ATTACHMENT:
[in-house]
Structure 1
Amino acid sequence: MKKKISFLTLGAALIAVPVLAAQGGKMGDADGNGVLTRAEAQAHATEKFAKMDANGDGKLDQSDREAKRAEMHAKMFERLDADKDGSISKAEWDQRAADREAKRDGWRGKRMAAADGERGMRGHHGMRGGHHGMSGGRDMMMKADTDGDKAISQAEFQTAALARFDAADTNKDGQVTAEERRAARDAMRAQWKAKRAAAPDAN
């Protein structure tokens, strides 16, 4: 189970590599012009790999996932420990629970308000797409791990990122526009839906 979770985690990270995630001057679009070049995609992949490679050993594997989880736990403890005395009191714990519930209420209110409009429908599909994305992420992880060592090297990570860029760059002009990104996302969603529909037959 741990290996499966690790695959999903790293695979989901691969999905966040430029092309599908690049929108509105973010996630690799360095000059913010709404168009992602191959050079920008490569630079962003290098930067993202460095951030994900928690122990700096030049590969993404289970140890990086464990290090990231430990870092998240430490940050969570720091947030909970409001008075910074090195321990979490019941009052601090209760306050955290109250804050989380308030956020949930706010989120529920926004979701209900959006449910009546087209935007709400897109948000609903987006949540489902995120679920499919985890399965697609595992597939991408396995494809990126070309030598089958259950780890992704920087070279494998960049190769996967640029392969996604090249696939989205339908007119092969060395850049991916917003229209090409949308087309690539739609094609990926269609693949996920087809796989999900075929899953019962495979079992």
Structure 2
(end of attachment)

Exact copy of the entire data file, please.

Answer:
[in-house]
Structure 1
Amino acid sequence: MKKKISFLTLGAALIAVPVLAAQGGKMGDADGNGVLTRAEAQAHATEKFAKMDANGDGKLDQSDREAKRAEMHAKMFERLDADKDGSISKAEWDQRAADREAKRDGWRGKRMAAADGERGMRGHHGMRGGHHGMSGGRDMMMKADTDGDKAISQAEFQTAALARFDAADTNKDGQVTAEERRAARDAMRAQWKAKRAAAPDAN
């Protein structure tokens, strides 16, 4: 189970590599012009790999996932420990629970308000797409791990990122526009839906 979770985690990270995630001057679009070049995609992949490679050993594997989880736990403890005395009191714990519930209420209110409009429908599909994305992420992880060592090297990570860029760059002009990104996302969603529909037959 741990290996499966690790695959999903790293695979989901691969999905966040430029092309599908690049929108509105973010996630690799360095000059913010709404168009992602191959050079920008490569630079962003290098930067993202460095951030994900928690122990700096030049590969993404289970140890990086464990290090990231430990870092998240430490940050969570720091947030909970409001008075910074090195321990979490019941009052601090209760306050955290109250804050989380308030956020949930706010989120529920926004979701209900959006449910009546087209935007709400897109948000609903987006949540489902995120679920499919985890399965697609595992597939991408396995494809990126070309030598089958259950780890992704920087070279494998960049190769996967640029392969996604090249696939989205339908007119092969060395850049991916917003229209090409949308087309690539739609094609990926269609693949996920087809796989999900075929899953019962495979079992």
Structure 2